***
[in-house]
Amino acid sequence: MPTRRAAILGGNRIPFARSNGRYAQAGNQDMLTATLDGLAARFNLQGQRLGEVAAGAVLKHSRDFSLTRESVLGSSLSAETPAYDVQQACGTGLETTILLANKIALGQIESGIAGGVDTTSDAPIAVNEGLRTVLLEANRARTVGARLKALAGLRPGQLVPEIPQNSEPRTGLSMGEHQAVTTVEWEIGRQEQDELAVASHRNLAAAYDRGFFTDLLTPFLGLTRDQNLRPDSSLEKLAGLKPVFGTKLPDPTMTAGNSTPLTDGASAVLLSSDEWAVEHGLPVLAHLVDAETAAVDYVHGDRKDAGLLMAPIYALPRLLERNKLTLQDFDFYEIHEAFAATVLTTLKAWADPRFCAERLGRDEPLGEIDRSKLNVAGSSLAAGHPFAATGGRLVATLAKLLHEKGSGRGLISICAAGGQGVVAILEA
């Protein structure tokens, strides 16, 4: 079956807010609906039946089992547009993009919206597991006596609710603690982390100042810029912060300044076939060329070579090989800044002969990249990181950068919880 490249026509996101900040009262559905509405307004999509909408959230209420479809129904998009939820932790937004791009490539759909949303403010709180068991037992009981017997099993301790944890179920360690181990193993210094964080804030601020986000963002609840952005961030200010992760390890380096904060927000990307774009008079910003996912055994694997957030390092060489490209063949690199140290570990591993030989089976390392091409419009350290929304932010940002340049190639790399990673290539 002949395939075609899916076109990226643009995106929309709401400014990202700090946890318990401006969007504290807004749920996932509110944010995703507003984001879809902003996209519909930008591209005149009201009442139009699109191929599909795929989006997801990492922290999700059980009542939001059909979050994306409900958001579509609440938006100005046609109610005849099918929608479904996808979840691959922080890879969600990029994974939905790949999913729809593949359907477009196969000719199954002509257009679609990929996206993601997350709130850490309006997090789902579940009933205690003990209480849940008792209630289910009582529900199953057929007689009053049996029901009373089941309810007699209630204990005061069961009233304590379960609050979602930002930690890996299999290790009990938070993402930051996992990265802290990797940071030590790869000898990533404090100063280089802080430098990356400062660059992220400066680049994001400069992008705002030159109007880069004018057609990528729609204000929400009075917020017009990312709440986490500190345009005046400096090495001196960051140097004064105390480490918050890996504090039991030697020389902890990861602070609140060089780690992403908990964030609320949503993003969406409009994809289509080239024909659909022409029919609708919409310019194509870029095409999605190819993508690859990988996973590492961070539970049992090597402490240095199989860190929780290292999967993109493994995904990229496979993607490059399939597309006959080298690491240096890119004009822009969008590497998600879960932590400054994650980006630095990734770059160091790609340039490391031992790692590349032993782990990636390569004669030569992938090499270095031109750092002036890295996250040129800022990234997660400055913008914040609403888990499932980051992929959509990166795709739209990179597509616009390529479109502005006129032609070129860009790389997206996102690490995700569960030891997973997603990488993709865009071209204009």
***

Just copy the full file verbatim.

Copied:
[in-house]
Amino acid sequence: MPTRRAAILGGNRIPFARSNGRYAQAGNQDMLTATLDGLAARFNLQGQRLGEVAAGAVLKHSRDFSLTRESVLGSSLSAETPAYDVQQACGTGLETTILLANKIALGQIESGIAGGVDTTSDAPIAVNEGLRTVLLEANRARTVGARLKALAGLRPGQLVPEIPQNSEPRTGLSMGEHQAVTTVEWEIGRQEQDELAVASHRNLAAAYDRGFFTDLLTPFLGLTRDQNLRPDSSLEKLAGLKPVFGTKLPDPTMTAGNSTPLTDGASAVLLSSDEWAVEHGLPVLAHLVDAETAAVDYVHGDRKDAGLLMAPIYALPRLLERNKLTLQDFDFYEIHEAFAATVLTTLKAWADPRFCAERLGRDEPLGEIDRSKLNVAGSSLAAGHPFAATGGRLVATLAKLLHEKGSGRGLISICAAGGQGVVAILEA
């Protein structure tokens, strides 16, 4: 079956807010609906039946089992547009993009919206597991006596609710603690982390100042810029912060300044076939060329070579090989800044002969990249990181950068919880 490249026509996101900040009262559905509405307004999509909408959230209420479809129904998009939820932790937004791009490539759909949303403010709180068991037992009981017997099993301790944890179920360690181990193993210094964080804030601020986000963002609840952005961030200010992760390890380096904060927000990307774009008079910003996912055994694997957030390092060489490209063949690199140290570990591993030989089976390392091409419009350290929304932010940002340049190639790399990673290539 002949395939075609899916076109990226643009995106929309709401400014990202700090946890318990401006969007504290807004749920996932509110944010995703507003984001879809902003996209519909930008591209005149009201009442139009699109191929599909795929989006997801990492922290999700059980009542939001059909979050994306409900958001579509609440938006100005046609109610005849099918929608479904996808979840691959922080890879969600990029994974939905790949999913729809593949359907477009196969000719199954002509257009679609990929996206993601997350709130850490309006997090789902579940009933205690003990209480849940008792209630289910009582529900199953057929007689009053049996029901009373089941309810007699209630204990005061069961009233304590379960609050979602930002930690890996299999290790009990938070993402930051996992990265802290990797940071030590790869000898990533404090100063280089802080430098990356400062660059992220400066680049994001400069992008705002030159109007880069004018057609990528729609204000929400009075917020017009990312709440986490500190345009005046400096090495001196960051140097004064105390480490918050890996504090039991030697020389902890990861602070609140060089780690992403908990964030609320949503993003969406409009994809289509080239024909659909022409029919609708919409310019194509870029095409999605190819993508690859990988996973590492961070539970049992090597402490240095199989860190929780290292999967993109493994995904990229496979993607490059399939597309006959080298690491240096890119004009822009969008590497998600879960932590400054994650980006630095990734770059160091790609340039490391031992790692590349032993782990990636390569004669030569992938090499270095031109750092002036890295996250040129800022990234997660400055913008914040609403888990499932980051992929959509990166795709739209990179597509616009390529479109502005006129032609070129860009790389997206996102690490995700569960030891997973997603990488993709865009071209204009």